Fishy tail of request from the trenches
IT must be one of the weirdest requests from a Norfolk soldier in the first world war to the folks back home. “We would be very obliged,” said Pte John Balls and behalf of him and his pals, “if some kind person would send me a box of good old Yarmouth kippers.
IT must be one of the weirdest requests from a Norfolk soldier in the first world war to the folks back home.
“We would be very obliged,” said Pte John Balls and behalf of him and his pals, “if some kind person would send me a box of good old Yarmouth kippers.”
Pte Balls was a sniper in the 8th Battalion Norfolk Regiment, and he sent the letter to the Yarmouth Mercury from the British trenches at La Boiselle on the Somme. It was published on January 22, 1916, six months before the start of the battle in which he would die.
John said: “We have the good old Yarmouth Mercury sent out to us every week, and see other chums have luxuries sent out to them... I think a little gift like this would help us along, and also a real Yarmouth kipper would help a dry biscuit down.”
The letter was uncovered by Dick Rayner, a historian at the Royal Norfolk Regimental Museum in Norwich, to help Pte Balls' granddaughter, Elizabeth Cook, trace the story of his service in the war.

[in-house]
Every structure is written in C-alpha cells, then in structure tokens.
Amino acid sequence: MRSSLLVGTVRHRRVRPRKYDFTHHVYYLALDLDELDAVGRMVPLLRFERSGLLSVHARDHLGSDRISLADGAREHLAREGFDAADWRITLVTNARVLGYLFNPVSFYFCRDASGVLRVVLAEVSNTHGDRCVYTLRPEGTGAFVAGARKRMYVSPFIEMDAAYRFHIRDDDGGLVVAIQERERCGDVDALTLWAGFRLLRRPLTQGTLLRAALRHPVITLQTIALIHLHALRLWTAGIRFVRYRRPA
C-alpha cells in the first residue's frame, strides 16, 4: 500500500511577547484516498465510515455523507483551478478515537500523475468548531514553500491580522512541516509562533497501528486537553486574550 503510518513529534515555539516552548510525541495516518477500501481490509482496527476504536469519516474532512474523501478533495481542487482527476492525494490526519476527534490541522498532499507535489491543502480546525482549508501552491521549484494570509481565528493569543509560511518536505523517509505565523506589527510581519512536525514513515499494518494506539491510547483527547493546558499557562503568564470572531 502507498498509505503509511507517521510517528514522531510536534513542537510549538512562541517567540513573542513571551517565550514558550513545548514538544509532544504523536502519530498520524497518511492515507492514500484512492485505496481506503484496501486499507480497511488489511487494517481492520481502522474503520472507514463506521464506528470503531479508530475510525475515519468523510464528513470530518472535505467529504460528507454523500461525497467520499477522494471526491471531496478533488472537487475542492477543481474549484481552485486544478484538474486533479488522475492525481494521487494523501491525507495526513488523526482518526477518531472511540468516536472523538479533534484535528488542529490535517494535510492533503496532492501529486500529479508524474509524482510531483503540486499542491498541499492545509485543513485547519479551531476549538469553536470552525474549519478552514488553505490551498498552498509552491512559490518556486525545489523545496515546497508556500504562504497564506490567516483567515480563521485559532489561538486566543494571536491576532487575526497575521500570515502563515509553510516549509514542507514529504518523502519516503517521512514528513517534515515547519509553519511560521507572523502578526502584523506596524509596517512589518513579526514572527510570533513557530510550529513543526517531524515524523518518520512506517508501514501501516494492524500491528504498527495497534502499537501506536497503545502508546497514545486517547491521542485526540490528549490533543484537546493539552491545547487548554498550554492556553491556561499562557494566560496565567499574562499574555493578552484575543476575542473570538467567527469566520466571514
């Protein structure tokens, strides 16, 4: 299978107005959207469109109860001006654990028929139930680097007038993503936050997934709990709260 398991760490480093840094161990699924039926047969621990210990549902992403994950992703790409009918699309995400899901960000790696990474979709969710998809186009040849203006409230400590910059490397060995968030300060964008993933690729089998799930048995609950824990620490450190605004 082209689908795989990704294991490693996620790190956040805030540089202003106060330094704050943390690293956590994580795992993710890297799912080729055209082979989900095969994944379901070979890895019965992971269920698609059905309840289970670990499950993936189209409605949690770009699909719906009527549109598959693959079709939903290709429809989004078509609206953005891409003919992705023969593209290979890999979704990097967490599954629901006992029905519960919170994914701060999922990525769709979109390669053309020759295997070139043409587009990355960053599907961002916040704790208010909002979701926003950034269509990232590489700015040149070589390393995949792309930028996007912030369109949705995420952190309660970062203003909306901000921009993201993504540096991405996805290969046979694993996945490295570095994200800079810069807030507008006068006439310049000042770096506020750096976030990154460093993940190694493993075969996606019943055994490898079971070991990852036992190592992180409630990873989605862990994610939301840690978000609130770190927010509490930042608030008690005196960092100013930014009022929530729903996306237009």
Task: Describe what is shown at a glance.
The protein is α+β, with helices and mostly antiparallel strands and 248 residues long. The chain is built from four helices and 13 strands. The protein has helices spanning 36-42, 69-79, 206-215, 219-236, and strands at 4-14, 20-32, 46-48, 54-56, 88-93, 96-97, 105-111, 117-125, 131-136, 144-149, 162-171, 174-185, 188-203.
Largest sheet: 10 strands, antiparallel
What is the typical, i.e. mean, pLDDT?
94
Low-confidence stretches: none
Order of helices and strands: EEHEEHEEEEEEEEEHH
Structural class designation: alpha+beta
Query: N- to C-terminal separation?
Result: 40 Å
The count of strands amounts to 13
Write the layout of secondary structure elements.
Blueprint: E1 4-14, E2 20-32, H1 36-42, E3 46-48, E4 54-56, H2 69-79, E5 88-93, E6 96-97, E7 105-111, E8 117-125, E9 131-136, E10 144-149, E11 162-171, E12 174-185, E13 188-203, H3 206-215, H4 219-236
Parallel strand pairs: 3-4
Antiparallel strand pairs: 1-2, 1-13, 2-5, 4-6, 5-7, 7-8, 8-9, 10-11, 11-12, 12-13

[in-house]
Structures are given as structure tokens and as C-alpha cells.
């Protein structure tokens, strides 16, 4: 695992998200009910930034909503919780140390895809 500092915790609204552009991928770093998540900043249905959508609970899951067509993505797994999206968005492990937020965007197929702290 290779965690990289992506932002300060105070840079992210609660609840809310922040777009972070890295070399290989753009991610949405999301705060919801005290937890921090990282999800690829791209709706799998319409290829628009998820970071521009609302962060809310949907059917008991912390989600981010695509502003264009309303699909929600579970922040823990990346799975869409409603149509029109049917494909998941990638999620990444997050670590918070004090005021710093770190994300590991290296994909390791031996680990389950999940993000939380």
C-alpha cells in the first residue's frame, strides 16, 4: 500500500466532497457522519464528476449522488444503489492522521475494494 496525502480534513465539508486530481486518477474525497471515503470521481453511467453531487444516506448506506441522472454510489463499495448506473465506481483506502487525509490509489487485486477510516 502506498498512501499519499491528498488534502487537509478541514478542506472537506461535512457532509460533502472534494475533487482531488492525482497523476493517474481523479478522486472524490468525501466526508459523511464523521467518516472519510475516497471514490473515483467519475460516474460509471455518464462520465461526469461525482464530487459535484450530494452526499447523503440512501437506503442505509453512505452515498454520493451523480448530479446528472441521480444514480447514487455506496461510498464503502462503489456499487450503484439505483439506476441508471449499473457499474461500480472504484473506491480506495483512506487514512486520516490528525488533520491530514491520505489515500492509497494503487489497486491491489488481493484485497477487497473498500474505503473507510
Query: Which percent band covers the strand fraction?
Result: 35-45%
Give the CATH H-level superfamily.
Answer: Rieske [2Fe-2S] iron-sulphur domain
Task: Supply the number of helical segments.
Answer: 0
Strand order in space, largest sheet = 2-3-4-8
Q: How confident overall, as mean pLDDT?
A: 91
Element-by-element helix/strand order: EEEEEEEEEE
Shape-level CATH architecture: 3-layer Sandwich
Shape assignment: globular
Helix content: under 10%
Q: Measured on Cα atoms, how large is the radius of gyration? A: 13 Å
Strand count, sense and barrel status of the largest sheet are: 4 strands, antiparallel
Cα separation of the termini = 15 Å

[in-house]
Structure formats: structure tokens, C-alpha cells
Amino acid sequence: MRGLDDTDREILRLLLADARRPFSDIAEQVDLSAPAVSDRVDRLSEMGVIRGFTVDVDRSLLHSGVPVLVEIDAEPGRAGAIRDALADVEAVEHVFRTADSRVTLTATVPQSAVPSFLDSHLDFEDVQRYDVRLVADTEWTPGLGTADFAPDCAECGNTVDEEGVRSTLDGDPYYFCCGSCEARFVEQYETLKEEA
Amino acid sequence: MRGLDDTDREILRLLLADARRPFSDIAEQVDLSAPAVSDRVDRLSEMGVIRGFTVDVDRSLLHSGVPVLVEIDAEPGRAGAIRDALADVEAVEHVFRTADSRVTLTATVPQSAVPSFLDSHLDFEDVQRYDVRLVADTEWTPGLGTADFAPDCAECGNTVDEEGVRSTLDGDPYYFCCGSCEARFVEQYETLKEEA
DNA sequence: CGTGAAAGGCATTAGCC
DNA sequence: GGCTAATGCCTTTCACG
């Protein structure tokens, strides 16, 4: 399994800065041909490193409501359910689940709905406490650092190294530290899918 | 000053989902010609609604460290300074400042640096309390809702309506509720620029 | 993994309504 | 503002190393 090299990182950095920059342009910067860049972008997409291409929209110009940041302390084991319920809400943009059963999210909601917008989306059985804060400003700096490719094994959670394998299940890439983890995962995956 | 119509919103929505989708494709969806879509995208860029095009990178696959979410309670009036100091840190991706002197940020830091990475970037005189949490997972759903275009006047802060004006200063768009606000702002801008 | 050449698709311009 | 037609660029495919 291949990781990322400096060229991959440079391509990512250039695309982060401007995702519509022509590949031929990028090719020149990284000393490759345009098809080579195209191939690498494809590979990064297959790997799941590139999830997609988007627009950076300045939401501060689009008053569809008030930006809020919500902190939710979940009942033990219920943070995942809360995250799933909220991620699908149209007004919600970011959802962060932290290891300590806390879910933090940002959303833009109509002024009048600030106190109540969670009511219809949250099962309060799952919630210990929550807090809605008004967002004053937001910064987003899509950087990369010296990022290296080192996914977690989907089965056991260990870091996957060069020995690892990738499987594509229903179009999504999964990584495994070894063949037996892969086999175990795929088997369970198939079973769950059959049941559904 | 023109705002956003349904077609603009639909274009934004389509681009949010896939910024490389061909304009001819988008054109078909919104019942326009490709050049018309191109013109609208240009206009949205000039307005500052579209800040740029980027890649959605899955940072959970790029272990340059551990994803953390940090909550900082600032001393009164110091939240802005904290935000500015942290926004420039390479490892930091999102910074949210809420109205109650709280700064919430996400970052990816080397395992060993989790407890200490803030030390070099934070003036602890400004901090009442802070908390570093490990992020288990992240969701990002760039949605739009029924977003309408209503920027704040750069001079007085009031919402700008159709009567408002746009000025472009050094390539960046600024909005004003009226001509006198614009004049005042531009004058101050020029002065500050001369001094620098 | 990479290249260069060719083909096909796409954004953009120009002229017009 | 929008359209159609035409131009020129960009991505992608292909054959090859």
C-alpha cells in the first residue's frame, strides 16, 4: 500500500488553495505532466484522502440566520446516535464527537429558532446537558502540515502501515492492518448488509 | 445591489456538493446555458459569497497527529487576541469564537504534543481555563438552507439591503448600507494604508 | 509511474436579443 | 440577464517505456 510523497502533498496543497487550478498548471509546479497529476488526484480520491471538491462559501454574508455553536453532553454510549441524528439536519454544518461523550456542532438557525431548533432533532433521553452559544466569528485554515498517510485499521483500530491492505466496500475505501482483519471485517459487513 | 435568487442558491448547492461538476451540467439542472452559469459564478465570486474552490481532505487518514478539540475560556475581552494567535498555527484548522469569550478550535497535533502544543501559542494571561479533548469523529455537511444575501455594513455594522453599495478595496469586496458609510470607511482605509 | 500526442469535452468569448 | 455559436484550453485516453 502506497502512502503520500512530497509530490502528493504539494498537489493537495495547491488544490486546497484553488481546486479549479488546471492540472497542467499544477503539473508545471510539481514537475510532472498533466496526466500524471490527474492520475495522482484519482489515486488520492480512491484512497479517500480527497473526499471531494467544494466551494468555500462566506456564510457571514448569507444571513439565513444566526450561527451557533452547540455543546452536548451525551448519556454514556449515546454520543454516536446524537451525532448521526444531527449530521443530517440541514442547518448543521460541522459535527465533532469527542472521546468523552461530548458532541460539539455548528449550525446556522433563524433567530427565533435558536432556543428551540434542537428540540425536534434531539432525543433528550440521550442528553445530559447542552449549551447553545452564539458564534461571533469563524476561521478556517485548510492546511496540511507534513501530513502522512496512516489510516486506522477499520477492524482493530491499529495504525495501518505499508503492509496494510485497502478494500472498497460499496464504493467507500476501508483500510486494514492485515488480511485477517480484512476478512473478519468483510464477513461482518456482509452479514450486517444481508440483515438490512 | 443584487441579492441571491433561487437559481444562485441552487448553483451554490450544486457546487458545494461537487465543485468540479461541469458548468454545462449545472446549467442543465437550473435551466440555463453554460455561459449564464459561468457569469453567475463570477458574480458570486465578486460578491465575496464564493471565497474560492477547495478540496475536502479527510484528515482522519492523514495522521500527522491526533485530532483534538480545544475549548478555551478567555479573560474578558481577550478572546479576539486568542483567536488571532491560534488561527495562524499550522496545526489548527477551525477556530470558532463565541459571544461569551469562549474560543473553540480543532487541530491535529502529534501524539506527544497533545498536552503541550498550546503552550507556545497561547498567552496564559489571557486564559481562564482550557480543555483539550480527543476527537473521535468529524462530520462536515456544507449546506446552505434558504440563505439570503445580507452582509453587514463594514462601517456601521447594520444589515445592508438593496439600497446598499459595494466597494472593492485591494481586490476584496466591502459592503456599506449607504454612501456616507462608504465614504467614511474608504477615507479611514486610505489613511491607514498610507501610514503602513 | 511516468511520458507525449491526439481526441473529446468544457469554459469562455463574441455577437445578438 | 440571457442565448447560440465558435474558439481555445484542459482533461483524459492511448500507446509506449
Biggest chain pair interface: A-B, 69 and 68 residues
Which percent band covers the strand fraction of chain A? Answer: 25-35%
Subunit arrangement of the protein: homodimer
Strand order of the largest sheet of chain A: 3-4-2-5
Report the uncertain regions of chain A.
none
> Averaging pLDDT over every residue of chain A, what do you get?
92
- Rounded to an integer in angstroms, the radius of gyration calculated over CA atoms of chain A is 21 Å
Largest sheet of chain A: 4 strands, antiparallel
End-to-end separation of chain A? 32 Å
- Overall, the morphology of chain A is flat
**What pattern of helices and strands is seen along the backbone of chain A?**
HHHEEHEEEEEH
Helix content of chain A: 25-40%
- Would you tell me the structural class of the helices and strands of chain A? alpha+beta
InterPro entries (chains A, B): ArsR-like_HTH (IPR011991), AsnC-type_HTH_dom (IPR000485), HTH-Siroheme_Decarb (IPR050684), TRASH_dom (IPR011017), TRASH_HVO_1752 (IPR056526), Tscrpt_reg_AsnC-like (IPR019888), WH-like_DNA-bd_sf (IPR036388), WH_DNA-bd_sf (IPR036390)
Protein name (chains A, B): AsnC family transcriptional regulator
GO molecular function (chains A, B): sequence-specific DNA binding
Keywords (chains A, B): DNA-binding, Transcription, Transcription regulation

Elizabeth, from Long Road, Framingham Earl, knew that her grandfather lived at Manby Road in Yarmouth and sold chips from a stall in the market place before he joined up. She knew he died on October 31, 1916, at the age of 28, and she's seen his name on the huge memorial to the missing at Thiepval.
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Elizabeth also has an extremely moving letter from her grandfather's commanding officer to his wife Ada back in Norfolk, explaining how Pte Balls died - crushed by a beam when a shell hit a reserve trench.
Capt William Bunting MC told Ada: “We have known and loved him long... He was a good comrade and a soldier who never shirked his duty, and we shall all miss him very much.”
“Your husband has often told me about his longing to see the end of the war so that he might return to his wife and child in dear old Yarmouth.”
The child was Elizabeth's mother, Jennie, then aged two.
Dick Rayner has been able to tell Elizabeth what her grandfather's battalion were doing, from their Channel crossing in July, 1915, to the fatal shelling 15 months later. Almost all this time, Pte Balls was in the front line on the Somme, which was a relatively quiet sector until the all-out attack on July 1, 1916, when 20,000 British soldiers died on the first day alone.
Elizabeth and her family are now planning a trip to trace her grandfather's route from Boulogne to places on the Somme like Albert, La Boiselle, Delville Wood, Mametz and Corcelette - where Pte Balls met his death and was hastily buried in a grave which disappeared as the battlefield was fought over again and again.
Elizabeth said: “We can now reach back more than 90 years and appreciate what he and others went through. It's the closest we'll ever get to him.”
But at least one mystery remains. Nobody knows if Pte Balls and his chums
ever got their “good old kippers” from “dear old Yarmouth”.